Amy is the physical manifestation of every masculine fear of femininity; the quintessential black widow that lures you into a relationship, paralyses you and holds you captive as she gloats over your misfortune.  Skulk around the more pathetic corners of the internet and you'll run into Men's Rights Activists; a laughable bunch of losers who believe they're trapped in some kind of misandrist matriarchy.  In Amy they will see their paranoid nightmares brought to life.

To give Gone Girl some credit Amy isn't entirely two-dimensional.  The film tries to set out the roots of her sociopathy: intense frustration at a lifetime under other people's control.  Her fictional counterpart Amazing Amy is shown to lead her life but better, embodying in fiction what she failed to achieve in life. She explains that she feels intensely claustrophobic in her marriage to Nick, especially when moving to his podunk town where she doesn't know anyone.

In a nicely written monologue she decries how he subtly forced her into the role of a "cool girl"; she has to be smart, sexy, fun, "one of the guys", thin and beautiful all at once.   Later we see her being controlled more directly, the character moving between a series of gilded cages. Theoretically this gives her moral license to violently kick back against the pricks that try to mould her life without her consent, casting her campaign of manipulation and murder as feminist liberation. It's a pulpy, dime store kind of psychology, but it's this that Fincher relies on to justify her deeds.

Undermining this is the extremely sympathetic treatment of Ben Affleck's Nick.  I don't know what he's like in the book, but here he's an unambiguous hero, we never suspect him of murder, his return home to care for his dying mother is noble and - crucially - we never see him mistreat Amy from an objective viewpoint.  Sure he's got his flaws, notably that he's conducting an affair with a student behind his wife's back, but given that Amy is a straight-up, sadistic, cold-hearted monster who can blame him?  The sympathy we feel for Nick robs Amy of her motive for framing him, resulting in her ending up (despite the author's protestations) as a simple "crazy psycho-bitch".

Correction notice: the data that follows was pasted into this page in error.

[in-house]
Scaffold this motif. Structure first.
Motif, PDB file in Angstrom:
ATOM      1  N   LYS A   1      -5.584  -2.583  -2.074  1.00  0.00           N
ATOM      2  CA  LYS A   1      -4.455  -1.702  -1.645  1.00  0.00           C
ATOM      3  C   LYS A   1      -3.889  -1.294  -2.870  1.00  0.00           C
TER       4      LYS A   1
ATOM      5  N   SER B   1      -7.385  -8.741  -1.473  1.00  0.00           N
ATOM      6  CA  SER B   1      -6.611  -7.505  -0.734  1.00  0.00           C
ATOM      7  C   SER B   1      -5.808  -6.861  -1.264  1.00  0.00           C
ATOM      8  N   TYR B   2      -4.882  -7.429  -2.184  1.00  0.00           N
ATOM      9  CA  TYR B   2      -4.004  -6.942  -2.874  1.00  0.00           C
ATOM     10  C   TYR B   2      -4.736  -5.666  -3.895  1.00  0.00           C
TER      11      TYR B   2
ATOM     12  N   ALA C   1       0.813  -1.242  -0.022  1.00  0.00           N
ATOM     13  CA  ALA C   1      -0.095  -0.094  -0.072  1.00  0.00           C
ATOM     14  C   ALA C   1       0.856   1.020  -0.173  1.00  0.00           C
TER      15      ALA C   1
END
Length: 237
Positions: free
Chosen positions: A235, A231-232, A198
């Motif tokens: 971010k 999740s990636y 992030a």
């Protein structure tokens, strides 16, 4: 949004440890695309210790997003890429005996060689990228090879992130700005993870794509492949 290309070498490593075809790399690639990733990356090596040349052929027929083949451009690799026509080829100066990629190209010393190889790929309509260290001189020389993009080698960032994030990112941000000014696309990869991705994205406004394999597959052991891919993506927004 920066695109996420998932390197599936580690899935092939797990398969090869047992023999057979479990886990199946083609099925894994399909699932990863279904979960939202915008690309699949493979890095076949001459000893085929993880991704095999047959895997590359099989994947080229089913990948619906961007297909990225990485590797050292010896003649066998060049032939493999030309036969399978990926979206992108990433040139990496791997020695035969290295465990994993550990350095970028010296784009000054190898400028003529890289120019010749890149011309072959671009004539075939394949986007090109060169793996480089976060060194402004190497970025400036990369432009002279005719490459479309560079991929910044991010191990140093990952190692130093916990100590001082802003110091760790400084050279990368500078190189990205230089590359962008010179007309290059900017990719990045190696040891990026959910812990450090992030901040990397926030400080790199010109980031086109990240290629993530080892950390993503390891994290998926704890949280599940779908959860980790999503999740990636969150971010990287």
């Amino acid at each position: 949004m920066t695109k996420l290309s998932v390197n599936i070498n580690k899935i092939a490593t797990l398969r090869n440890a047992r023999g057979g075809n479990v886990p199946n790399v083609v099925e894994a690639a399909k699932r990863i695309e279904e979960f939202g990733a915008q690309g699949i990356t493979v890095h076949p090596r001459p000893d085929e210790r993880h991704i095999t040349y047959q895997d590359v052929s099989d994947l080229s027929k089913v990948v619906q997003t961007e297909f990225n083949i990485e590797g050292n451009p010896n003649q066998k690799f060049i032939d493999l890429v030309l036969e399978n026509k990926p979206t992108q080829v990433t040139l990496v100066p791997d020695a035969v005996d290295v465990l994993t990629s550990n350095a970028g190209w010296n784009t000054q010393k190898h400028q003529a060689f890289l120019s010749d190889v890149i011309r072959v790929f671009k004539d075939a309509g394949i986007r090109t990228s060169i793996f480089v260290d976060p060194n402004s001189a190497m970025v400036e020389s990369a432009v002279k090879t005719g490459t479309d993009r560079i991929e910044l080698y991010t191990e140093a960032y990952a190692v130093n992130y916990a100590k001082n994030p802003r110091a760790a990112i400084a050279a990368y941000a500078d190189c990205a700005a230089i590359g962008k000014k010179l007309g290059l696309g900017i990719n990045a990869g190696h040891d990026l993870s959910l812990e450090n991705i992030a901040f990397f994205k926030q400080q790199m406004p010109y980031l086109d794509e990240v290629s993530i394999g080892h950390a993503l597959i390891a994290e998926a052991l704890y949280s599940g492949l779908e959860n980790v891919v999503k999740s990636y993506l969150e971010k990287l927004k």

Even leaving Amy aside for a moment, Gone Girl makes a series of curiously anti-feminist statements.  The arena for Nick's condemnation and shaming is The Ellen Abbott show. Abbott is a typical Fox Newsesque bundle of shining teeth, big-hair and perfect makeup and runs a show that appears to revolve around highlighting crimes against women.  

This is Nick Dunne's crucible, Abbott constantly hurls insinuations of rape and incest against him, poisoning the well of public opinion against him.  She invites on talking heads (who appear to be caricatures of feminists) to decry Nick.  I'm just not sure what satirical point Fincher is making here - is there an abundance of rabidly ill-informed feminist news shows that needs to be exposed?  Their presentation here is a strawman set up to be demolished.

What we see in Gone Girl is a flawed 'nice guy' under assault from an army of harridans with "fucking bitch" Amy leading the charge.  Her instrument of destruction is a weaponised vagina, transformed into a tool to destroy men.  Given that her Amy's motivations are unconvincingly defined, that her evil is defined purely in terms of her gender, the argument that the inevitable flipside of female liberation is male subjugation, the parade of vapid, ill-informed female characters and the heroic portrayal of Nick, Gone Girl is misogynist.

Pity, because otherwise it's a really good film.  So good that I was scrabbling for a sympathetic reading that would allow me to enjoy it. 

But I can't.


Gone Girl is released 3rd October.